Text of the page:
I catch sight of my face in the mirror of a shop, and am horrified to see that I am smiling. You can't help smiling, in such beautiful weather. The trams are going up and down the Kleiststrasse, just as usual. They, and the people on the pavement, and the teacosy dome of the Nollendorfplatz station have an air of curious familiarity, of striking resemblance to something one remembers as normal and pleasant in the past—like a very good photograph.
No. Even now I can't altogether believe that any of this has really happened....
Hitler in the Elevator
Between the years 1928 and 1946, the Belgian journalist and writer Georges Simenon undertook numerous journeys in France, throughout Europe, and around the world. He wrote about thirty reports of his travels—for example, on Africa, Tahiti, and Panama. In 1933, Simenon traveled through Belgium, Poland, the Baltic States, Austria, Czechoslovakia, Hungary, Romania, and the Soviet Union. The outcome of his journey was a seven-part series on "Europe 33," part six of which deals with Germany: "La génération du désordre" ("The Generation of Disorder"). It appeared on 22 April 1933 in the journal Voilà.
While Simenon and his wife were staying in Berlin, Nazi propaganda in the run up to the Reichstag elections of 5 March 1933 was in full swing. The two travelers were staying in the hotel where Adolf Hitler was also in residence, and Simenon promptly met him in the elevator. Communist activists told him that the Nazis, whose office they had bugged, were planning a violent coup. This information, which the reporter passed on to Paris-Soir, went unheeded. Two days later (on 27 February 1933), the Reichstag was set on fire, an act that was used by the Nazis as a pretext for the promulgation of emergency laws. Simenon's article on Germany is illustrated with photographs. One of them shows a man with a moustache. The caption reads: "This is not Hitler, though it looks like him. It is Kürten, the Düsseldorf vampire." The psychopathic serial killer Peter Kürten (1883-1931) had stabbed or beaten women to death and supposedly even drunk their blood.
At the conclusion of his European journey, Simenon managed to secure an interview with Leon Trotsky (1879-1940) in Turkey. Besides his journalistic writings, this tremendously productive author published over one thousand short stories and nearly four hundred novels. After 1929 he developed the character of Chief Inspector Maigret, whom he featured in numerous books.
I saw him, the Messiah, ten days before the elections, as he was coming back to his apartment in the Kaiserhof. I was staying in the same hotel, a hundred meters from where Hindenburg was living. It was snowing. The sky was leaden. All the foreign newspapers had articles with headlines such as "Poverty in Germany!"
And, in fact, every hundred meters, a well-dressed man, very polite, would ask you for a mark, or more or less, while raising his hat.
Somewhere, I came across a funeral cortège followed by thousands of men in brown shirts. And, here and there, there was a police car with machine guns at the ready.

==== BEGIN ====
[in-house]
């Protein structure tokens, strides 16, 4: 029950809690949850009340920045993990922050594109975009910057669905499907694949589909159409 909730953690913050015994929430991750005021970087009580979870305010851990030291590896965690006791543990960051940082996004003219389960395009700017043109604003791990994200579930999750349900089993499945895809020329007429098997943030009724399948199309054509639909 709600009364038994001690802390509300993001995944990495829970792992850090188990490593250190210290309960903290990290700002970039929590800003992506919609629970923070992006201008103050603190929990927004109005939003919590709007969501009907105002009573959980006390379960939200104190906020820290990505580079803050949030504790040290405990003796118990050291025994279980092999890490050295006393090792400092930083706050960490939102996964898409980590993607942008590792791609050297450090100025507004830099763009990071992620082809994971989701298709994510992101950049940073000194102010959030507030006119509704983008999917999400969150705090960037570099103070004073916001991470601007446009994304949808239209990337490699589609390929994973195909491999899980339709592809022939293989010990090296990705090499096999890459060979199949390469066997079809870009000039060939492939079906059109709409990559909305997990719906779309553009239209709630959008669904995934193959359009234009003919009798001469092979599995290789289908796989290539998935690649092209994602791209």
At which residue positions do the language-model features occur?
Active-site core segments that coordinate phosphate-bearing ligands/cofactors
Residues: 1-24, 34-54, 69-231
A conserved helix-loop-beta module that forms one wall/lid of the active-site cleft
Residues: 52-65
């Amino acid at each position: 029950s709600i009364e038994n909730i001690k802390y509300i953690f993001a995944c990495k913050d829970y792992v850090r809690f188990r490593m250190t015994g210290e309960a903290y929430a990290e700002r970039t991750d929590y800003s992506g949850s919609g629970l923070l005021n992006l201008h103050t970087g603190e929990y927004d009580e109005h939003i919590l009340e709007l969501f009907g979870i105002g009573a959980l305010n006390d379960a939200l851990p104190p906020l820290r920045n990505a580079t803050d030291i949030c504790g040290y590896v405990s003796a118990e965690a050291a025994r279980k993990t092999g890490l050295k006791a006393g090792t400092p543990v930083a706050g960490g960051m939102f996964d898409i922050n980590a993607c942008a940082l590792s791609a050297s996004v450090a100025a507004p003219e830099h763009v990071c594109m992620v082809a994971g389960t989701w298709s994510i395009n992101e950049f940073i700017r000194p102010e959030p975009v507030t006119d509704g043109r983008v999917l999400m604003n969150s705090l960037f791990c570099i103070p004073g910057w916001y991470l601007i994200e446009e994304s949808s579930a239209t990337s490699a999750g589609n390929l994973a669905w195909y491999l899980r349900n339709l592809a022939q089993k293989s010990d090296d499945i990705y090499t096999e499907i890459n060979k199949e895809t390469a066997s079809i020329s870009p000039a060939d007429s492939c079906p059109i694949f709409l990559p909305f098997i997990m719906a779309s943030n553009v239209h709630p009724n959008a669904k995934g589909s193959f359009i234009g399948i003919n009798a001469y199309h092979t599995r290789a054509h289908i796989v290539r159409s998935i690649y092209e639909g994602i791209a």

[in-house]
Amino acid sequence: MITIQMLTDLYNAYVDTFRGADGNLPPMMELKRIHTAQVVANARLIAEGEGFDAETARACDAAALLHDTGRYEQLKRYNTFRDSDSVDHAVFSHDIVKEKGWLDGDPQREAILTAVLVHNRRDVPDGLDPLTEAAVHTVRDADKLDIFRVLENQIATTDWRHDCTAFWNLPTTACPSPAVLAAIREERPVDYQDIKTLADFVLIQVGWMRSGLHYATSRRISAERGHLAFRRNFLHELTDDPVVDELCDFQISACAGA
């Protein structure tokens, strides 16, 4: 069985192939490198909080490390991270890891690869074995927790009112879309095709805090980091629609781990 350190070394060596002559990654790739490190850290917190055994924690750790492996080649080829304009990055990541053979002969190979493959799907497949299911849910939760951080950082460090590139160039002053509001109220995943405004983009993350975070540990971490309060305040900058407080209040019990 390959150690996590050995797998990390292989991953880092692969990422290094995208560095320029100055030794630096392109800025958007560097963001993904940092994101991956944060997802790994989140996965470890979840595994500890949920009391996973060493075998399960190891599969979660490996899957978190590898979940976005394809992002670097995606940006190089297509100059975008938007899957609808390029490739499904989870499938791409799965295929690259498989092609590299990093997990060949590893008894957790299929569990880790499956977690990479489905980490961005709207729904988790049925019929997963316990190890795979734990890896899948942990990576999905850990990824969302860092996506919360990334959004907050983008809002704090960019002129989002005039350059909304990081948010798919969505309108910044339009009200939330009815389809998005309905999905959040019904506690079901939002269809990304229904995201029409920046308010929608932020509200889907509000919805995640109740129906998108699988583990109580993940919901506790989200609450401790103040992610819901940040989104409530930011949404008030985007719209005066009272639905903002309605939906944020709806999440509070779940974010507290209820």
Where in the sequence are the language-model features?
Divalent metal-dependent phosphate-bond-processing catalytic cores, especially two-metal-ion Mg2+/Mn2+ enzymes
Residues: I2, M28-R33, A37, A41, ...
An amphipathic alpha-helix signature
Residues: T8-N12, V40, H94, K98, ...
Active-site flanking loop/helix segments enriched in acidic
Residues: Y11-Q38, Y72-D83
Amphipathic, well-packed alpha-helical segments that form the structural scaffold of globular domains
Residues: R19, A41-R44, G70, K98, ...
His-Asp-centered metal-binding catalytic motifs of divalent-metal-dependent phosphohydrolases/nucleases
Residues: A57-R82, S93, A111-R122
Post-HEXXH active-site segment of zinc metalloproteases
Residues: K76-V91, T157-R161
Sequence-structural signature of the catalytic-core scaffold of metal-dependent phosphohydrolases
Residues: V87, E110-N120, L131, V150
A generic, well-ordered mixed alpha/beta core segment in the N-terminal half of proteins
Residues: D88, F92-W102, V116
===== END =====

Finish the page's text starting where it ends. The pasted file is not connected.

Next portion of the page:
It was the funeral of a Hitler supporter killed by the communists.
The day after, I read, in the most serious of the Paris newspapers, "Terror in Germany."
Because, here and there, there were a few more deaths!
Special correspondents wrote, in all seriousness, "It is impossible for the party of violence to win."
They shouldn't be blamed. It was the first time they had set foot in Germany, and these thousands of brown shirts, these cars with machine guns, really made an impression on them.
Not the Germans! They walked past without even a glance at the cortège. And if they read that five communists and three Nazis had been killed the night before, they were no more surprised than when you learn every day that twenty people have been killed in automobile accidents.
The "Führer" was calm too, surrounded by his general staff in the Kaiserhof. I met him in the elevator, just as [I had met] Emil Jannings, who was staying on the floor above. The Kaiser's wife came to pay Hitler a visit and even hosted a tea at the hotel, where, on the next day, there was a masked ball.
And the foreign journalists cabled: "Return of the Monarchy ..."
Hitler went on a short trip to Munich and the papers said: "Negotiations with the Wittelsbachs ... Things are heating up. Bavaria is against the Führer ..."
I read things like this in the foreign newspapers, but no one in the Kaiserhof in Berlin was excited, anxious, or surprised.
One evening a grand council was summoned, and it was decided that, before the elections, some excuse had to be found to muzzle the communists. Hitler proposed organizing a fake assassination attempt on himself to galvanize his troops. Goebbels, more calm, dissuaded him, saying that a fake assassination might give some people the idea of staging a real one.
So they fell back on the Reichstag. It was one week before the elections, a Saturday. I wired the news to the Paris evening newspaper. No one dared publish it. Wednesday evening, the Reichstag burned and not a single German showed the least surprise!
Good Lord! Can you imagine the naiveté of the foreign correspondents who write columns seeking the "truth"?
Hitler triumphed and the same correspondents were flabbergasted.
Excerpted from TRAVELS IN THE REICH, 1933–1945 Copyright © 2010 by The University of Chicago. Excerpted by permission of The University of Chicago Press. All rights reserved. No part of this excerpt may be reproduced or reprinted without permission in writing from the publisher.